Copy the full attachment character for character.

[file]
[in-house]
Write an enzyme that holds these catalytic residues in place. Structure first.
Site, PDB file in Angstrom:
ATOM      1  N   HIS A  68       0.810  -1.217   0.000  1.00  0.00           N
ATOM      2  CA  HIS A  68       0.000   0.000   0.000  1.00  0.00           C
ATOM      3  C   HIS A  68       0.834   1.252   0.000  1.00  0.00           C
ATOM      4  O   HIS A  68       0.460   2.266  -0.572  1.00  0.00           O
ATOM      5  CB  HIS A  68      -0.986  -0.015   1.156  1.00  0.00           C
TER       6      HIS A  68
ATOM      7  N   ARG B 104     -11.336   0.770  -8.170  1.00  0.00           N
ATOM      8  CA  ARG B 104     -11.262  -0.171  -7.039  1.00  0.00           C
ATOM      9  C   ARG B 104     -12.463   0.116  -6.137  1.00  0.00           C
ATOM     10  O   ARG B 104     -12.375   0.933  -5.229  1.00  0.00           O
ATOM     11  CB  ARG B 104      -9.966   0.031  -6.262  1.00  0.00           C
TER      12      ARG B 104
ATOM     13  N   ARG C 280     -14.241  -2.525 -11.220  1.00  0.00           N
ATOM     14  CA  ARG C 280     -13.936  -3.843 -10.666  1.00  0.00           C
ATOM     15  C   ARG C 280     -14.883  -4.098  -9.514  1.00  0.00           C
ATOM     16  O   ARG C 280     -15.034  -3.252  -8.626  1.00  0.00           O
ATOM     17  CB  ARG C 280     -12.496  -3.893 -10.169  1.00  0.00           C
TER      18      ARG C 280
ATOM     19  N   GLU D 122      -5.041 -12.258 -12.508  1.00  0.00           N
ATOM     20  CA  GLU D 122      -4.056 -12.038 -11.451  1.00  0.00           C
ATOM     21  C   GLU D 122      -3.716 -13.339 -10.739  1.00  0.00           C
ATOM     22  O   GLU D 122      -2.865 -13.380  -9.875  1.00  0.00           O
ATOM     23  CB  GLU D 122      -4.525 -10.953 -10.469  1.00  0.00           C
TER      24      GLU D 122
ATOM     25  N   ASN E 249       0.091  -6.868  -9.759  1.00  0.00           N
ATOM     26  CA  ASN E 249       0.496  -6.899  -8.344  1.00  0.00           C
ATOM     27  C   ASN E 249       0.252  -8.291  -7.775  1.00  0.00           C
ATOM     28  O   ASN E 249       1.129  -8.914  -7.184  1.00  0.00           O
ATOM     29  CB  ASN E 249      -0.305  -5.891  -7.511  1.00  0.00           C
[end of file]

[in-house]
Write an enzyme that holds these catalytic residues in place. Structure first.
Site, PDB file in Angstrom:
ATOM      1  N   HIS A  68       0.810  -1.217   0.000  1.00  0.00           N
ATOM      2  CA  HIS A  68       0.000   0.000   0.000  1.00  0.00           C
ATOM      3  C   HIS A  68       0.834   1.252   0.000  1.00  0.00           C
ATOM      4  O   HIS A  68       0.460   2.266  -0.572  1.00  0.00           O
ATOM      5  CB  HIS A  68      -0.986  -0.015   1.156  1.00  0.00           C
TER       6      HIS A  68
ATOM      7  N   ARG B 104     -11.336   0.770  -8.170  1.00  0.00           N
ATOM      8  CA  ARG B 104     -11.262  -0.171  -7.039  1.00  0.00           C
ATOM      9  C   ARG B 104     -12.463   0.116  -6.137  1.00  0.00           C
ATOM     10  O   ARG B 104     -12.375   0.933  -5.229  1.00  0.00           O
ATOM     11  CB  ARG B 104      -9.966   0.031  -6.262  1.00  0.00           C
TER      12      ARG B 104
ATOM     13  N   ARG C 280     -14.241  -2.525 -11.220  1.00  0.00           N
ATOM     14  CA  ARG C 280     -13.936  -3.843 -10.666  1.00  0.00           C
ATOM     15  C   ARG C 280     -14.883  -4.098  -9.514  1.00  0.00           C
ATOM     16  O   ARG C 280     -15.034  -3.252  -8.626  1.00  0.00           O
ATOM     17  CB  ARG C 280     -12.496  -3.893 -10.169  1.00  0.00           C
TER      18      ARG C 280
ATOM     19  N   GLU D 122      -5.041 -12.258 -12.508  1.00  0.00           N
ATOM     20  CA  GLU D 122      -4.056 -12.038 -11.451  1.00  0.00           C
ATOM     21  C   GLU D 122      -3.716 -13.339 -10.739  1.00  0.00           C
ATOM     22  O   GLU D 122      -2.865 -13.380  -9.875  1.00  0.00           O
ATOM     23  CB  GLU D 122      -4.525 -10.953 -10.469  1.00  0.00           C
TER      24      GLU D 122
ATOM     25  N   ASN E 249       0.091  -6.868  -9.759  1.00  0.00           N
ATOM     26  CA  ASN E 249       0.496  -6.899  -8.344  1.00  0.00           C
ATOM     27  C   ASN E 249       0.252  -8.291  -7.775  1.00  0.00           C
ATOM     28  O   ASN E 249       1.129  -8.914  -7.184  1.00  0.00           O
ATOM     29  CB  ASN E 249      -0.305  -5.891  -7.511  1.00  0.00           C